Present Music and Quasimondo Haunt the Milwaukee Art Museum
“When I found out that there would be an exhibit featuring German Expressionist films and art from the Weimar Republic my mind lit up,” Present Music Founder and Artistic Director Kevin Stalheim stated about his ensemble’s Friday, Oct. 21 concert, “because I knew it would be a perfect time to bring back one of the greatest hits from our past: music written by Eric Segnitz and John Tanner to the classic horror film, Nosferatu.” Present Music has performed concerts in the Milwaukee Art Museum many times before, but never before in such an effectively and thoroughly immersive manner.
As maestro Stalheim mentioned, part of the event involved a screening of F.W. Murnau’s 1922 vampire film, Nosferatu—a silent film that surely terrified audiences when it was new and today can still chill, but it needs the right score. Segnitz and Tanner’s is described as “a deliberate pastiche, in the tradition of the great theatre organists who might have accompanied the original film.” And that it is, but with thoroughly modern elements, such as a recurring electric guitar motif whenever the titular vampire is stalking victims. Their score modernizes the film and superbly underlines its romantic, scary and (unintentionally) comedic scenes.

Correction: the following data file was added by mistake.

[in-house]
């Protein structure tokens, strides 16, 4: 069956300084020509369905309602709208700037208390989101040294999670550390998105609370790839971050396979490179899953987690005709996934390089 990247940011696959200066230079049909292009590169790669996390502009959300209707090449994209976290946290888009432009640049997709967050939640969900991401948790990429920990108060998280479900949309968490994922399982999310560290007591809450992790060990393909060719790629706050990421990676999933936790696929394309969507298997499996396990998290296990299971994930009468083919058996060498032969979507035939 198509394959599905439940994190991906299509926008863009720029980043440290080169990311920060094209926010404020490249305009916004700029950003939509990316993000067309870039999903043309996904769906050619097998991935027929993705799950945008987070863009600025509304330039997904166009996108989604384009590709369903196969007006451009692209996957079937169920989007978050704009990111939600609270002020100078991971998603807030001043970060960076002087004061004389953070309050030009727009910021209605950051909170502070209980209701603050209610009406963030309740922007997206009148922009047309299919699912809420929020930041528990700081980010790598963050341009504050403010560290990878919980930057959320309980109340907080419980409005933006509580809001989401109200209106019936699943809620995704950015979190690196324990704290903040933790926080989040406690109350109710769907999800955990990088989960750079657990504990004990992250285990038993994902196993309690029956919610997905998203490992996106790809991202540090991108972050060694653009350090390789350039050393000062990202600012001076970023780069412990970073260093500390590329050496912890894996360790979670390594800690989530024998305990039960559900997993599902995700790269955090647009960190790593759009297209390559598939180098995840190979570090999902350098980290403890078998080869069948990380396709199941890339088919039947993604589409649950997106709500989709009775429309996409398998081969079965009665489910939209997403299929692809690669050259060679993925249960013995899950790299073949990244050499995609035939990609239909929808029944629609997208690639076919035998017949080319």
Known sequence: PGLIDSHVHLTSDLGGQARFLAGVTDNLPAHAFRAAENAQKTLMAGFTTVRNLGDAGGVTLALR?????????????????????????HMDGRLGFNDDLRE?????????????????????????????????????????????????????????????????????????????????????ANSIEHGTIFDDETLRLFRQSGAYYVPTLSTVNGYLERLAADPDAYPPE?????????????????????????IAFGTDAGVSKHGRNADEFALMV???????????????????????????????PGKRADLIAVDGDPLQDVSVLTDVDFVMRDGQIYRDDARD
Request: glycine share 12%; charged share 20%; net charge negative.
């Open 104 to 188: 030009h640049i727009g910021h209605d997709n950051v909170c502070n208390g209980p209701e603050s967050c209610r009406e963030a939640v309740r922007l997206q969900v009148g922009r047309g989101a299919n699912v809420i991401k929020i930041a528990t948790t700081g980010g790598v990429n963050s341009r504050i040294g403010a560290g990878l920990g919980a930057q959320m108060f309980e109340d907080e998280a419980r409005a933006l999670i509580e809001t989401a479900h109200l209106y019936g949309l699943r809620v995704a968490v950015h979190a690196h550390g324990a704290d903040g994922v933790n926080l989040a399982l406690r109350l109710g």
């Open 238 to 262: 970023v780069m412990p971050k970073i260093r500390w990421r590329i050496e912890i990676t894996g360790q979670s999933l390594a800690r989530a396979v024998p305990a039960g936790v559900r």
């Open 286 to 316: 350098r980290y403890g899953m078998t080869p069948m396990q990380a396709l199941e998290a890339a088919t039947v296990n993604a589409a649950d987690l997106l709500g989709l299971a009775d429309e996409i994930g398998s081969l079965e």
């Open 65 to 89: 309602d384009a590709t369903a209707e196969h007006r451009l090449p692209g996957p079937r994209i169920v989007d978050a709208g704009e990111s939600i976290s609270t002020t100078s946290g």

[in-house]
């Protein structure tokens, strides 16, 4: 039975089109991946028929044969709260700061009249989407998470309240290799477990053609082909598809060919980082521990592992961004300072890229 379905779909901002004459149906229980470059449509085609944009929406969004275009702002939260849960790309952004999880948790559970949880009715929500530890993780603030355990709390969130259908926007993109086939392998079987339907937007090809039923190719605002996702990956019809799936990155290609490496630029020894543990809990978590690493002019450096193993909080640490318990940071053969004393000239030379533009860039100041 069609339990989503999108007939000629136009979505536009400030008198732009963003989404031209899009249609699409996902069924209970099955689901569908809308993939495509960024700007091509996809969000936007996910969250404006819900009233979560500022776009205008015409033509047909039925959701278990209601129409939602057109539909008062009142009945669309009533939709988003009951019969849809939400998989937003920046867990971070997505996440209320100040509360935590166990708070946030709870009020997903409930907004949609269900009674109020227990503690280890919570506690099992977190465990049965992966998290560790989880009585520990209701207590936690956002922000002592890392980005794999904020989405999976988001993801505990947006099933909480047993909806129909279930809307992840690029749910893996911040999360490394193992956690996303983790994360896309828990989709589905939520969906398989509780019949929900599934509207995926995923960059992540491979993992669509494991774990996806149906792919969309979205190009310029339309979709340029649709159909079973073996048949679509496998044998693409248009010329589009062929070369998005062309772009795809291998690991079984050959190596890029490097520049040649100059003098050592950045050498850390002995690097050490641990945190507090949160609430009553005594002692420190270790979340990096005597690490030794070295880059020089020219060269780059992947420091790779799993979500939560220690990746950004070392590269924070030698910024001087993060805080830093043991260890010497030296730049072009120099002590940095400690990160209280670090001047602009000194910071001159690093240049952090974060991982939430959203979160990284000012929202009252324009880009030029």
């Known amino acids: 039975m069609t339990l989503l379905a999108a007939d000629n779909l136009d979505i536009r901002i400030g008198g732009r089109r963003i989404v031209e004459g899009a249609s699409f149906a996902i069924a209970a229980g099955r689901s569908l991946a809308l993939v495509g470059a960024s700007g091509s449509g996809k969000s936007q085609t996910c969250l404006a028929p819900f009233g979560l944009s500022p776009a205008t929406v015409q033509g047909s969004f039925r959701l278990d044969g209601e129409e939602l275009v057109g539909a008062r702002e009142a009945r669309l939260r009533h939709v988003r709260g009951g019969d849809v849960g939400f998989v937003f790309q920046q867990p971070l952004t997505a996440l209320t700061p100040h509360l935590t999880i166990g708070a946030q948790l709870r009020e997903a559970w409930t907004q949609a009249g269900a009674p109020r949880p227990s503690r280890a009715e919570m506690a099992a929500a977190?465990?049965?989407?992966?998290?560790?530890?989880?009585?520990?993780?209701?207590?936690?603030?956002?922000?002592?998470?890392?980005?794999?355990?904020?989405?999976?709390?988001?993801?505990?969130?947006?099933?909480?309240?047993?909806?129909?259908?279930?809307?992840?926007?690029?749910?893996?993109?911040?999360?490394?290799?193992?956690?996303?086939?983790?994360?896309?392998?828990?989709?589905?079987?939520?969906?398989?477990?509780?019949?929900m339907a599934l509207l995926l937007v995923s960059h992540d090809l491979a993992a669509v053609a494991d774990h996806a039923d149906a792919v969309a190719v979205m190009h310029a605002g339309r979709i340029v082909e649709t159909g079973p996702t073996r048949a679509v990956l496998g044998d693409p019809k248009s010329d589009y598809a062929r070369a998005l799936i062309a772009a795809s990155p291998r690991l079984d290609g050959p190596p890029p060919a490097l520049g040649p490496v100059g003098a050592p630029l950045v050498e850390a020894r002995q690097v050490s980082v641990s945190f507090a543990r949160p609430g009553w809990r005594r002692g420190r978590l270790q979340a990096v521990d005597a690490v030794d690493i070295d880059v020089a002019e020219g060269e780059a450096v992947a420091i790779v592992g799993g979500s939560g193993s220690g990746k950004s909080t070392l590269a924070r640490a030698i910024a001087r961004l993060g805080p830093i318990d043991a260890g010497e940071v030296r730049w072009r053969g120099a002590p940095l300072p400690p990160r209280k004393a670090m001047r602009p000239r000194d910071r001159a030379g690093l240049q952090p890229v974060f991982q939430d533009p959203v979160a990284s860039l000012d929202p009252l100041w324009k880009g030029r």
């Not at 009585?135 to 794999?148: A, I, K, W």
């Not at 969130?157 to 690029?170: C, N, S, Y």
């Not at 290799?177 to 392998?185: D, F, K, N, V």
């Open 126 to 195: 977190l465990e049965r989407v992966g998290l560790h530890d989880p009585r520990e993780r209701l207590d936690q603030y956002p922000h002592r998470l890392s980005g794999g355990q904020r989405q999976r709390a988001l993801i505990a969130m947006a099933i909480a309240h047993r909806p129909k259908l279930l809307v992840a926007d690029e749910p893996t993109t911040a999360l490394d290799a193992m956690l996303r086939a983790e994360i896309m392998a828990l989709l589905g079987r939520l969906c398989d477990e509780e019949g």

Another film set to live music was The Somnambulist—an original score/film commissioned by Present Music—which could have been made in Weimar Germany as an Expressionist’s nightmare. Also, Ross Monagle’s No/Mi/Tropōlis, something of a rock video take on Fritz Lang’s immortal Metropolis (1927) was excellently realized and expressively performed.
The first half of the evening’s activities involved solo and chamber-sized performances of modern instrumental music taking place within three of MAM’s galleries; attendees, thence, could listen to the music and view the artworks at their leisure. Meanwhile, the entire scene throughout was spookily graced by costumed, wandering actors from Quasimondo Milwaukee Physical Theatre.